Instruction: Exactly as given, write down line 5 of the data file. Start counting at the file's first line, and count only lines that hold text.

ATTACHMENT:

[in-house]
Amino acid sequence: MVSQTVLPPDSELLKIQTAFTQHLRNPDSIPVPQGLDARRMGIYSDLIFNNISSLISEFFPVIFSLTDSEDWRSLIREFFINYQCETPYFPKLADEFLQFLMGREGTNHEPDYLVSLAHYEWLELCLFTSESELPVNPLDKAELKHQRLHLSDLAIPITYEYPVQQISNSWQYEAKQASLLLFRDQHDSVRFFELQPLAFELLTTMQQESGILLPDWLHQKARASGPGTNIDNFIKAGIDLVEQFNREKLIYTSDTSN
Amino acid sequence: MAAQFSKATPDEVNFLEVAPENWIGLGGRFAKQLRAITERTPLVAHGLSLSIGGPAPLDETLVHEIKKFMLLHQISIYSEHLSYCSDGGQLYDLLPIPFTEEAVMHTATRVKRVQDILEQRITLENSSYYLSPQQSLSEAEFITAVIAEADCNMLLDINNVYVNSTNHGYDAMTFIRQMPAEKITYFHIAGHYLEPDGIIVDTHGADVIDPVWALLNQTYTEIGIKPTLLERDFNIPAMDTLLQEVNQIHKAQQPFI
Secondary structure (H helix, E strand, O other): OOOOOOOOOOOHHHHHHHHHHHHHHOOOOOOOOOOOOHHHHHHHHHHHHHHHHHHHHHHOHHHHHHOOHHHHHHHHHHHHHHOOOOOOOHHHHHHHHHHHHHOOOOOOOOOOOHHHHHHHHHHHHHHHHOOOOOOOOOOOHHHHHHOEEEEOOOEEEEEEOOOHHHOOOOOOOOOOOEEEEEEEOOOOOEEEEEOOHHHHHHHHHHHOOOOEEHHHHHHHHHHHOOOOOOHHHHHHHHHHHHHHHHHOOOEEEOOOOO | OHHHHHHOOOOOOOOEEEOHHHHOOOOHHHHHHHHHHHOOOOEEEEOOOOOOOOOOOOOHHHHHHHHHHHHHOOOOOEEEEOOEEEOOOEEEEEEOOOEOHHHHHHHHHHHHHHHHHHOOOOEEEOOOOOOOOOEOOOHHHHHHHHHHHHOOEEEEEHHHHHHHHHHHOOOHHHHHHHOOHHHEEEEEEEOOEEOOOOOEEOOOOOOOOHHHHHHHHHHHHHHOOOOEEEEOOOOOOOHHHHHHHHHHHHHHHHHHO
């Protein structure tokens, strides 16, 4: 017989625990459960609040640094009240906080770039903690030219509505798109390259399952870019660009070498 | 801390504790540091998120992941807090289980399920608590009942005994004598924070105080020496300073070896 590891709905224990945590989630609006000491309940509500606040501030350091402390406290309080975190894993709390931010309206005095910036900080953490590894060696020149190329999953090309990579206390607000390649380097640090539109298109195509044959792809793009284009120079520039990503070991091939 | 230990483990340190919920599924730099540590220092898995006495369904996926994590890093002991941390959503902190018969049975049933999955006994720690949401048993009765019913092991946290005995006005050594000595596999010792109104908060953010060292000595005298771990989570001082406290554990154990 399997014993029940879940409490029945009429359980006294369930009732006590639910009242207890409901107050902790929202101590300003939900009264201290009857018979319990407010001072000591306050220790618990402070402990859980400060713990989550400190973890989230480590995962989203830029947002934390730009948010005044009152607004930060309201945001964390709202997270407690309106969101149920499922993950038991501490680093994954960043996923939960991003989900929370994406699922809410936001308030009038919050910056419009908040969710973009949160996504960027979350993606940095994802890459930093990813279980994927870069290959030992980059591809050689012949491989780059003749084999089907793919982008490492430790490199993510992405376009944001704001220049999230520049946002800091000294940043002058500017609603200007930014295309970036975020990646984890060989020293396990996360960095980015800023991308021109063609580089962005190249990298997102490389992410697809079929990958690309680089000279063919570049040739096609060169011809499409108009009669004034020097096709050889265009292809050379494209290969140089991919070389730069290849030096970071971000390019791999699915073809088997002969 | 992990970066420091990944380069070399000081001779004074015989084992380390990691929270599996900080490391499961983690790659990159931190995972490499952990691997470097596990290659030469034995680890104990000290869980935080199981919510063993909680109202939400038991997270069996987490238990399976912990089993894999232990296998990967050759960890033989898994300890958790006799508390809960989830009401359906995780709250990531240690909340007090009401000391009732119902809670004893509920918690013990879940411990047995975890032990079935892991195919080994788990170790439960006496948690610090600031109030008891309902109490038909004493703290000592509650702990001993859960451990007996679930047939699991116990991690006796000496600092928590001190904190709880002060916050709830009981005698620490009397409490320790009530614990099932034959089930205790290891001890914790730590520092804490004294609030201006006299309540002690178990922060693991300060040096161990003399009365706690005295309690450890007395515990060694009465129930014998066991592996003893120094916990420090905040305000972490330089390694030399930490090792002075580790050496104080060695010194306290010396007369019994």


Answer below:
């Protein structure tokens, strides 16, 4: 017989625990459960609040640094009240906080770039903690030219509505798109390259399952870019660009070498 | 801390504790540091998120992941807090289980399920608590009942005994004598924070105080020496300073070896 590891709905224990945590989630609006000491309940509500606040501030350091402390406290309080975190894993709390931010309206005095910036900080953490590894060696020149190329999953090309990579206390607000390649380097640090539109298109195509044959792809793009284009120079520039990503070991091939 | 230990483990340190919920599924730099540590220092898995006495369904996926994590890093002991941390959503902190018969049975049933999955006994720690949401048993009765019913092991946290005995006005050594000595596999010792109104908060953010060292000595005298771990989570001082406290554990154990 399997014993029940879940409490029945009429359980006294369930009732006590639910009242207890409901107050902790929202101590300003939900009264201290009857018979319990407010001072000591306050220790618990402070402990859980400060713990989550400190973890989230480590995962989203830029947002934390730009948010005044009152607004930060309201945001964390709202997270407690309106969101149920499922993950038991501490680093994954960043996923939960991003989900929370994406699922809410936001308030009038919050910056419009908040969710973009949160996504960027979350993606940095994802890459930093990813279980994927870069290959030992980059591809050689012949491989780059003749084999089907793919982008490492430790490199993510992405376009944001704001220049999230520049946002800091000294940043002058500017609603200007930014295309970036975020990646984890060989020293396990996360960095980015800023991308021109063609580089962005190249990298997102490389992410697809079929990958690309680089000279063919570049040739096609060169011809499409108009009669004034020097096709050889265009292809050379494209290969140089991919070389730069290849030096970071971000390019791999699915073809088997002969 | 992990970066420091990944380069070399000081001779004074015989084992380390990691929270599996900080490391499961983690790659990159931190995972490499952990691997470097596990290659030469034995680890104990000290869980935080199981919510063993909680109202939400038991997270069996987490238990399976912990089993894999232990296998990967050759960890033989898994300890958790006799508390809960989830009401359906995780709250990531240690909340007090009401000391009732119902809670004893509920918690013990879940411990047995975890032990079935892991195919080994788990170790439960006496948690610090600031109030008891309902109490038909004493703290000592509650702990001993859960451990007996679930047939699991116990991690006796000496600092928590001190904190709880002060916050709830009981005698620490009397409490320790009530614990099932034959089930205790290891001890914790730590520092804490004294609030201006006299309540002690178990922060693991300060040096161990003399009365706690005295309690450890007395515990060694009465129930014998066991592996003893120094916990420090905040305000972490330089390694030399930490090792002075580790050496104080060695010194306290010396007369019994």